October 27, 2016

“Disgraced” at McCarter Confronts Troubling Contemporary Issues, Poses Hard Questions About Islamophobia and Cultural Identity


HOSPITALITY TO HOSTILITY: (L to R) Amir (Maboud Ebrahimzadeh), Emily (Caroline Kaplan), Isaac (Kevin Isola), and Jory (Austene Van) enjoy a cordial dinner before resentments surface and the mood turns dark in McCarter Theatre’s production of Ayad Akhtar’s 2013 Pulitzer Prize-winning drama “Disgraced,” at McCarter’s Matthews Theatre through October 30. (Photo by T. Charles Erickson)

If Ayad Akhtar’s characters had followed my grandmother’s warning, “We never discuss politics or religion at social occasions,” his 2013 Pulitzer Prize-winning drama Disgraced would never have been written.

Now playing in a riveting production at McCarter’s Matthews Theatre, the 90-minute uninterrupted, four-scene exploration of identity, Islam, and what it means to be Muslim in contemporary America, as seen through the interwoven lives of five New York City characters, was the most often produced play in the United States in the 2015-16 season. 

Disgraced, which opened in Chicago in early 2012, saw its New York premiere at Lincoln Center later that year, and finally came to Broadway in 2014, where it received a Tony nomination for Best Play, is produced here in association with the Guthrie Theater of Minneapolis and Milwaukee Repertory Theater. This production, directed by the Guthrie’s Marcela Lorca, originated at the Guthrie, will play at McCarter through October 30, then move to Milwaukee to complete its run.

Disgraced is not always pleasant to watch, as its singularly unheroic characters struggle through identity crises, the politics and religion become personal, and the drama uncovers uncomfortable truths hidden beneath the deceptive surfaces of upwardly mobile New York society.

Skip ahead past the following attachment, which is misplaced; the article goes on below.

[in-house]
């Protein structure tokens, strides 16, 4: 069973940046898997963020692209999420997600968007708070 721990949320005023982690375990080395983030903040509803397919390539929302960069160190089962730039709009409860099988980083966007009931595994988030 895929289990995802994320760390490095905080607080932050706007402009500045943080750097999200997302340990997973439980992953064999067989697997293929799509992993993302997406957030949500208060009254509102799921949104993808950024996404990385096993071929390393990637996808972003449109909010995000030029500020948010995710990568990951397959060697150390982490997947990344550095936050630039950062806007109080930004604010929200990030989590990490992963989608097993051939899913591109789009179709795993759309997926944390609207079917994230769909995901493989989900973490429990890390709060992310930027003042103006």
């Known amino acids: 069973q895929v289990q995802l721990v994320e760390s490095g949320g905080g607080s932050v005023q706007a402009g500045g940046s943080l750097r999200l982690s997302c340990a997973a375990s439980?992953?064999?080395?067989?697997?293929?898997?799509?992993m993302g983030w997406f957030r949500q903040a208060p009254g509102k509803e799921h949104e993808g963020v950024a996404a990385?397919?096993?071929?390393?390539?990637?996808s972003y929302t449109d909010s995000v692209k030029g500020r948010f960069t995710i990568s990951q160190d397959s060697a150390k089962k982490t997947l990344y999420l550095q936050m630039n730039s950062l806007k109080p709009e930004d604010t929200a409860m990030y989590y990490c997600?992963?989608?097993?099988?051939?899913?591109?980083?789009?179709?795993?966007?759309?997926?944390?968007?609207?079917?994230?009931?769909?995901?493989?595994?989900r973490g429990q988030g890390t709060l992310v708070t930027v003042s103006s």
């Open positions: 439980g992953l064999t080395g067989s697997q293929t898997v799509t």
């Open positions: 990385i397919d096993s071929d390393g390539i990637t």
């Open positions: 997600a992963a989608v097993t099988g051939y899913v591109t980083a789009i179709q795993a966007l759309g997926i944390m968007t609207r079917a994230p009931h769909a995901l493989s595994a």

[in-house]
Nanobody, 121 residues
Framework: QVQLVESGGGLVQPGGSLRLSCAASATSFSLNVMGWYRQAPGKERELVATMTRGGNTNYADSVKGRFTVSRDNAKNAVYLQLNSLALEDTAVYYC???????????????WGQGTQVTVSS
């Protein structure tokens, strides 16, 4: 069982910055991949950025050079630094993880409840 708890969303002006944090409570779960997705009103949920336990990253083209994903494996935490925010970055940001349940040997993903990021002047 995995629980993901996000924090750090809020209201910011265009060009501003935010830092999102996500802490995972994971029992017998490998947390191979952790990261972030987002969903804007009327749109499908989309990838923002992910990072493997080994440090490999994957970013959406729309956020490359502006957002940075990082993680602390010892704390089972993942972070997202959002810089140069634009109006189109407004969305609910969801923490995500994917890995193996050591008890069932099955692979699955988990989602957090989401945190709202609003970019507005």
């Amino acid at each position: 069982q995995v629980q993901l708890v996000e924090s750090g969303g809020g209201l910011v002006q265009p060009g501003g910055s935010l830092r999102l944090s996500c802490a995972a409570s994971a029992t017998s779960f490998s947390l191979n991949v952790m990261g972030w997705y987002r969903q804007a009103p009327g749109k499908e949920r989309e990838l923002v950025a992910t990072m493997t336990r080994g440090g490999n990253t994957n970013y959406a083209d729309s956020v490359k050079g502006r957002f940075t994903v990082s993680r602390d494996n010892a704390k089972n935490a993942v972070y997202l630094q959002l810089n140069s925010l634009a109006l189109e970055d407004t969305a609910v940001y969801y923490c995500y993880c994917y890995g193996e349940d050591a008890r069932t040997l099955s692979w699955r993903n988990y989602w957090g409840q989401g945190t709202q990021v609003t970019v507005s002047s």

But this powerful, polished, provocative McCarter production makes it obvious why Disgraced has been so popular and fascinating for audiences at numerous productions throughout the country, and why McCarter Artistic Director Emily Mann was eager to bring it here.

The play focuses on Amir (Maboud Ebrahimzadeh), American-born, assimilated Pakistani lawyer working his way up in a prestigious Manhattan law firm. He is married to Emily (Caroline Kaplan), a white artist, who is fascinated with Islamic culture and art and draws on those influences in her own work as she prepares for her first big gallery show. Their lavish Upper East Side apartment, over a period of several months in 2011-2012, is the setting for the four scenes of the play.

Amir’s rejection of his Muslim heritage, to the point where he has even deceived many of his colleagues at work into thinking he is from India rather than Pakistan, causes friction with his wife and with his 22-year-old nephew Abe (Adit Dileep), name changed from Hussein, who stops by to try to enlist his uncle’s support for the imam of his mosque, who has been arrested under suspicion of raising money for Hamas.

Conflicts for Amir increase, with his denial of his Muslim identity and with the Jewish partners of his firm over what they see as his support for the imam and his duplicity surrounding his Islamic background.

The third scene opens with Amir visibly upset and drinking heavily, as he and Emily prepare to entertain Isaac (Kevin Isola), a Whitney Museum curator who has helped to arrange the inclusion of Emily’s work in an upcoming show, and his wife Jory (Austene Van), a colleague in Amir’s law firm.

The evening begins with cordiality and apparent warmth and good humor on all sides, but before long the mood darkens, as the liquor flows freely, secrets are revealed, and provocative statements are made — about politics, religion, race, and ethnicity. (Isaac is Jewish. Jory is black.) Shocking truths and bitter resentments emerge, and the civilized surface behaviors give way to savagery underneath — reminiscent of similarly vicious social gatherings in Yasmina Reza’s God of Carnage (2006) and Edward Albee’s classic Who’s Afraid of Virginia Woolf? (1962).